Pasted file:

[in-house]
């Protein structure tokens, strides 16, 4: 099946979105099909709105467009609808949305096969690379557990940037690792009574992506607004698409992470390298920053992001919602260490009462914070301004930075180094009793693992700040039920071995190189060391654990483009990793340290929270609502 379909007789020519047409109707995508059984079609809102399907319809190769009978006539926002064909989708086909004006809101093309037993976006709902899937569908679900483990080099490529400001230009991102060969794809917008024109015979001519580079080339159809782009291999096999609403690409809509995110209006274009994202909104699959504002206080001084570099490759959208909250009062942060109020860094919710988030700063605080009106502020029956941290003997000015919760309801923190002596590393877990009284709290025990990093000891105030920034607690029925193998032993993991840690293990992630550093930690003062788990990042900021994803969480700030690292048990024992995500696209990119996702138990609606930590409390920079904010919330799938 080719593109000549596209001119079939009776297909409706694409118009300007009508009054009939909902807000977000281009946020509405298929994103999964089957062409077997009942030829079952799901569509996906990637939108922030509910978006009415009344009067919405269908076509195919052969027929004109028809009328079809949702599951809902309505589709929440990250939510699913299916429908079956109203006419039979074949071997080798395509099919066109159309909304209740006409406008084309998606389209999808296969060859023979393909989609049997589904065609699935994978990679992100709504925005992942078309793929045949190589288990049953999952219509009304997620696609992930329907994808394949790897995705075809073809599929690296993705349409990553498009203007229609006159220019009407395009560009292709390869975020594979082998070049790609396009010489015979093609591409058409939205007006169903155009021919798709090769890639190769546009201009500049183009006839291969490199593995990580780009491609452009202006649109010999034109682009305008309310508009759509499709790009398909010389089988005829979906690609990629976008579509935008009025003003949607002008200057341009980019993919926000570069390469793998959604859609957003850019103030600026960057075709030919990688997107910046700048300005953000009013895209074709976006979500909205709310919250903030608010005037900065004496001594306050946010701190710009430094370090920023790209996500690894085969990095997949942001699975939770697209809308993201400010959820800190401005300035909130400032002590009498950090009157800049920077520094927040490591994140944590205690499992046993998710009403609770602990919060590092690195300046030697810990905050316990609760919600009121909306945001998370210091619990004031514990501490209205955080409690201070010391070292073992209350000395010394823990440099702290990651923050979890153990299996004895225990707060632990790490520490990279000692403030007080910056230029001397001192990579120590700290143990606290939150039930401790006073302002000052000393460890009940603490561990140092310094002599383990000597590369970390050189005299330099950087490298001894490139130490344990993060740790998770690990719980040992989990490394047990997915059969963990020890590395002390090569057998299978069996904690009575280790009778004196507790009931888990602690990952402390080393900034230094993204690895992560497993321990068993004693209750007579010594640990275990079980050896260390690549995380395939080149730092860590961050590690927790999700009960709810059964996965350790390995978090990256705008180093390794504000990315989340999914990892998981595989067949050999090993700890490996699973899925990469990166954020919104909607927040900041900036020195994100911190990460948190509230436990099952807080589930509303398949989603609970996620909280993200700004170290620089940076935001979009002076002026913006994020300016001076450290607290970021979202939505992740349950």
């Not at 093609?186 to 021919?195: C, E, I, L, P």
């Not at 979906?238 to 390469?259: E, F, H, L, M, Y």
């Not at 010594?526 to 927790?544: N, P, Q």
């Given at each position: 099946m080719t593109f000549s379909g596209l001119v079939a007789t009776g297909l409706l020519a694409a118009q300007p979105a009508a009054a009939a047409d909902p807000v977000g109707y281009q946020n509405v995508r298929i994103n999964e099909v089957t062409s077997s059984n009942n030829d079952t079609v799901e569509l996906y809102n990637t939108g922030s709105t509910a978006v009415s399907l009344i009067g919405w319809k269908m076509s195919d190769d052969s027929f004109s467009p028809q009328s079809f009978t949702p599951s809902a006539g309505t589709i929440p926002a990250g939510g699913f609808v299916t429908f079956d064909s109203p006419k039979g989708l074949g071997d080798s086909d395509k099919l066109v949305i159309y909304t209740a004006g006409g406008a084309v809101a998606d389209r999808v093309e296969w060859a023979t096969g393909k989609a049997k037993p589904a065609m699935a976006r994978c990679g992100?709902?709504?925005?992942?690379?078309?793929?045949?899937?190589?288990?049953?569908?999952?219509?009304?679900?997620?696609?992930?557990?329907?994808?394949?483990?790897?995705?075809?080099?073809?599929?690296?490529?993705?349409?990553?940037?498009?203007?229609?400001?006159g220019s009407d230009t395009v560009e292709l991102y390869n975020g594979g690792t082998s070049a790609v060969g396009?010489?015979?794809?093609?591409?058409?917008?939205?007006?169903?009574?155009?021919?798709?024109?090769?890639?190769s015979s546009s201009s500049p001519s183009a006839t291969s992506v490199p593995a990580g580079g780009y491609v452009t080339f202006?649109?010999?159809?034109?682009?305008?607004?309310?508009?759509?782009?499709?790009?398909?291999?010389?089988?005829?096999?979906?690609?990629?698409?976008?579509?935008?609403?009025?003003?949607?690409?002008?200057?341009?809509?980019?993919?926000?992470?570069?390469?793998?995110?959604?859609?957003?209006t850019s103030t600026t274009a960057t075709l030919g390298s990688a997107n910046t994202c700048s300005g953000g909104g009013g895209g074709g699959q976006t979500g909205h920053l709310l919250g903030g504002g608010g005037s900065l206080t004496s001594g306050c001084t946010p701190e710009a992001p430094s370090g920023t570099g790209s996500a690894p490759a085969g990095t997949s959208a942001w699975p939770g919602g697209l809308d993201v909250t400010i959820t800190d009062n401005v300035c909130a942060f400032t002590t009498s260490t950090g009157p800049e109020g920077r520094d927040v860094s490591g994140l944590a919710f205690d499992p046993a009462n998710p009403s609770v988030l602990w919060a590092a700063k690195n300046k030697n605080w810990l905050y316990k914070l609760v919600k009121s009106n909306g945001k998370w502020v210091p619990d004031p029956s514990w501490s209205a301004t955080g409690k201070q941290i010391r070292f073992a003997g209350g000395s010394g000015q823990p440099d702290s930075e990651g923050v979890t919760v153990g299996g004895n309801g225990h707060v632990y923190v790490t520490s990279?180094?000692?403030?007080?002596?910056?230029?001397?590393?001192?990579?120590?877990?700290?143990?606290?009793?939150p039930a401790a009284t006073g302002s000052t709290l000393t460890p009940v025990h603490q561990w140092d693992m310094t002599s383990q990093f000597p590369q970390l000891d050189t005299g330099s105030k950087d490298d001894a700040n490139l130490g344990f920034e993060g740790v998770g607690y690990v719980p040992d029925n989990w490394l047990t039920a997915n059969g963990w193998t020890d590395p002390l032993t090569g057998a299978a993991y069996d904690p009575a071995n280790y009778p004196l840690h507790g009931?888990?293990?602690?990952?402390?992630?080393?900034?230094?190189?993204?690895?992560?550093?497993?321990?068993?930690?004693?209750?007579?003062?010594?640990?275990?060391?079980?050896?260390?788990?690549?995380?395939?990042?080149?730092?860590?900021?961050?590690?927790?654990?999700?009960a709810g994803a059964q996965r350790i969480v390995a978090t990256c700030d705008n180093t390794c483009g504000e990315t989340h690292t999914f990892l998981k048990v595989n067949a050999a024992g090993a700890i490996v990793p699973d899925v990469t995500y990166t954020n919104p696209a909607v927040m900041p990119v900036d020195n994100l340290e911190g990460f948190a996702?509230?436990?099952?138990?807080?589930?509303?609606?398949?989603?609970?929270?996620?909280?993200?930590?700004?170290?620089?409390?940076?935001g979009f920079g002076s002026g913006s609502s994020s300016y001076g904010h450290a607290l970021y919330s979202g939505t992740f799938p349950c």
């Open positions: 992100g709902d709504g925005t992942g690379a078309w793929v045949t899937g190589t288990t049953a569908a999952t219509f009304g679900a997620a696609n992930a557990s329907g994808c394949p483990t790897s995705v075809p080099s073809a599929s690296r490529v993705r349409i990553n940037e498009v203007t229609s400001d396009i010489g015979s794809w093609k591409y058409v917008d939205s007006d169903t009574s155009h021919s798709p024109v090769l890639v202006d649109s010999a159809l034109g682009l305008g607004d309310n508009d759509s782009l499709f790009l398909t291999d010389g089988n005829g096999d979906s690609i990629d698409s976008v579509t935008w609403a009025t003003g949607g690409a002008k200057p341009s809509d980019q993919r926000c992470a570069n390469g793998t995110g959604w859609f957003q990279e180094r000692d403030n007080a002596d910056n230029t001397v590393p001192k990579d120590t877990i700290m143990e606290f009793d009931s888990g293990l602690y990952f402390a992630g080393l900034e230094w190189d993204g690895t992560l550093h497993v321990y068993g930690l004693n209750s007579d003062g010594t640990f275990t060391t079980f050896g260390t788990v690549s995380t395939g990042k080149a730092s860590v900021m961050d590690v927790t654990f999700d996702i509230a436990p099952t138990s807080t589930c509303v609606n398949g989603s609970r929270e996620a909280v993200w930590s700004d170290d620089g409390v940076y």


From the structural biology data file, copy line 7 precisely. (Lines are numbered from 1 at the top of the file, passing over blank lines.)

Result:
């Open positions: 992100g709902d709504g925005t992942g690379a078309w793929v045949t899937g190589t288990t049953a569908a999952t219509f009304g679900a997620a696609n992930a557990s329907g994808c394949p483990t790897s995705v075809p080099s073809a599929s690296r490529v993705r349409i990553n940037e498009v203007t229609s400001d396009i010489g015979s794809w093609k591409y058409v917008d939205s007006d169903t009574s155009h021919s798709p024109v090769l890639v202006d649109s010999a159809l034109g682009l305008g607004d309310n508009d759509s782009l499709f790009l398909t291999d010389g089988n005829g096999d979906s690609i990629d698409s976008v579509t935008w609403a009025t003003g949607g690409a002008k200057p341009s809509d980019q993919r926000c992470a570069n390469g793998t995110g959604w859609f957003q990279e180094r000692d403030n007080a002596d910056n230029t001397v590393p001192k990579d120590t877990i700290m143990e606290f009793d009931s888990g293990l602690y990952f402390a992630g080393l900034e230094w190189d993204g690895t992560l550093h497993v321990y068993g930690l004693n209750s007579d003062g010594t640990f275990t060391t079980f050896g260390t788990v690549s995380t395939g990042k080149a730092s860590v900021m961050d590690v927790t654990f999700d996702i509230a436990p099952t138990s807080t589930c509303v609606n398949g989603s609970r929270e996620a909280v993200w930590s700004d170290d620089g409390v940076y």